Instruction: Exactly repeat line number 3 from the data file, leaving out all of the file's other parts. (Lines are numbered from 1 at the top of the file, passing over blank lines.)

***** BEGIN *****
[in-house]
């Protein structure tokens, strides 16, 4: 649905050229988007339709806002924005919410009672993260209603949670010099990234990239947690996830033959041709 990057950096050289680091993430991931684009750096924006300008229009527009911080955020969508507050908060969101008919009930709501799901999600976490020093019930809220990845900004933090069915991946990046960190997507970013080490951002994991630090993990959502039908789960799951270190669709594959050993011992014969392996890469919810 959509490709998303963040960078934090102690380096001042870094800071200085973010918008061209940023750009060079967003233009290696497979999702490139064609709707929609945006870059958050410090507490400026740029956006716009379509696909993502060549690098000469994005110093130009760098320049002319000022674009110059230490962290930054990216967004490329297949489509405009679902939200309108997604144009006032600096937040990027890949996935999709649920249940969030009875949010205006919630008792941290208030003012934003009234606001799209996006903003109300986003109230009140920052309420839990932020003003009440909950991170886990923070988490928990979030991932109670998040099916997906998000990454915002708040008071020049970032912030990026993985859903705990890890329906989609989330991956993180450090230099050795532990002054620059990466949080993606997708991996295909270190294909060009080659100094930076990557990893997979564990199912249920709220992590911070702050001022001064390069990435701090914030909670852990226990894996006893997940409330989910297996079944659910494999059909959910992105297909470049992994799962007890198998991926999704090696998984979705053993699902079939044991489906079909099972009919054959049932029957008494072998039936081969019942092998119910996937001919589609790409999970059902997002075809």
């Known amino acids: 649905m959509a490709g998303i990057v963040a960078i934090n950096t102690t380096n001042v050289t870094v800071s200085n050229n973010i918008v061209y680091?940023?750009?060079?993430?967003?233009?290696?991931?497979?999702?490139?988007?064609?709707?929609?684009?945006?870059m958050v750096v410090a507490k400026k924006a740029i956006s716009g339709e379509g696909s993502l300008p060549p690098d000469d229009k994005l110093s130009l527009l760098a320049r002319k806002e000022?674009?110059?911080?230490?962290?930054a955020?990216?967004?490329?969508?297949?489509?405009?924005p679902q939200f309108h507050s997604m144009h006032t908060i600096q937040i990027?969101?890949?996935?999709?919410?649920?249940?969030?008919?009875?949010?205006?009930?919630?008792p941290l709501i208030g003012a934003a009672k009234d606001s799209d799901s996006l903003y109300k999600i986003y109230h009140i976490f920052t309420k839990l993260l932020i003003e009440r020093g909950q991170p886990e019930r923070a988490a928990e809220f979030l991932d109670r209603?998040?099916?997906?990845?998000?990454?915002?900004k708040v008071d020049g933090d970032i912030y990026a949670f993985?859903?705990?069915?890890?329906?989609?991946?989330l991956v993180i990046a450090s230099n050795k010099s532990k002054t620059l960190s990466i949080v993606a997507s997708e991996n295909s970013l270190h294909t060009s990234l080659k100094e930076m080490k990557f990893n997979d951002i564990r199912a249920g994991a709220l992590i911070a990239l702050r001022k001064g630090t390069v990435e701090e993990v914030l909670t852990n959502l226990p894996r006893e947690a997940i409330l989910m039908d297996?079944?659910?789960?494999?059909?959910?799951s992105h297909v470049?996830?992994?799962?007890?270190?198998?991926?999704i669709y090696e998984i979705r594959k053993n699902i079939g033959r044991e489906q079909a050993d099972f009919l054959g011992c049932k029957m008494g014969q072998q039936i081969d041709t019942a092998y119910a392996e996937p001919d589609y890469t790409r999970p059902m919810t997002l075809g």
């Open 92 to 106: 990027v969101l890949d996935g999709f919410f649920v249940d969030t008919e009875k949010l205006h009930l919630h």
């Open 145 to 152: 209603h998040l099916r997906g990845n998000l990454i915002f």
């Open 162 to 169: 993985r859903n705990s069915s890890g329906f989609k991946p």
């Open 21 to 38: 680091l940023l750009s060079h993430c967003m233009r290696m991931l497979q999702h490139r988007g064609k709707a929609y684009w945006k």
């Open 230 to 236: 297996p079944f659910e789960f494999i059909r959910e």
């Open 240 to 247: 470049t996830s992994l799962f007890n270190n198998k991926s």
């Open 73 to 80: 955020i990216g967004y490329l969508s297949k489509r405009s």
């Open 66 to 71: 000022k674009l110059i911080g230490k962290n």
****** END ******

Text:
């Known amino acids: 649905m959509a490709g998303i990057v963040a960078i934090n950096t102690t380096n001042v050289t870094v800071s200085n050229n973010i918008v061209y680091?940023?750009?060079?993430?967003?233009?290696?991931?497979?999702?490139?988007?064609?709707?929609?684009?945006?870059m958050v750096v410090a507490k400026k924006a740029i956006s716009g339709e379509g696909s993502l300008p060549p690098d000469d229009k994005l110093s130009l527009l760098a320049r002319k806002e000022?674009?110059?911080?230490?962290?930054a955020?990216?967004?490329?969508?297949?489509?405009?924005p679902q939200f309108h507050s997604m144009h006032t908060i600096q937040i990027?969101?890949?996935?999709?919410?649920?249940?969030?008919?009875?949010?205006?009930?919630?008792p941290l709501i208030g003012a934003a009672k009234d606001s799209d799901s996006l903003y109300k999600i986003y109230h009140i976490f920052t309420k839990l993260l932020i003003e009440r020093g909950q991170p886990e019930r923070a988490a928990e809220f979030l991932d109670r209603?998040?099916?997906?990845?998000?990454?915002?900004k708040v008071d020049g933090d970032i912030y990026a949670f993985?859903?705990?069915?890890?329906?989609?991946?989330l991956v993180i990046a450090s230099n050795k010099s532990k002054t620059l960190s990466i949080v993606a997507s997708e991996n295909s970013l270190h294909t060009s990234l080659k100094e930076m080490k990557f990893n997979d951002i564990r199912a249920g994991a709220l992590i911070a990239l702050r001022k001064g630090t390069v990435e701090e993990v914030l909670t852990n959502l226990p894996r006893e947690a997940i409330l989910m039908d297996?079944?659910?789960?494999?059909?959910?799951s992105h297909v470049?996830?992994?799962?007890?270190?198998?991926?999704i669709y090696e998984i979705r594959k053993n699902i079939g033959r044991e489906q079909a050993d099972f009919l054959g011992c049932k029957m008494g014969q072998q039936i081969d041709t019942a092998y119910a392996e996937p001919d589609y890469t790409r999970p059902m919810t997002l075809g």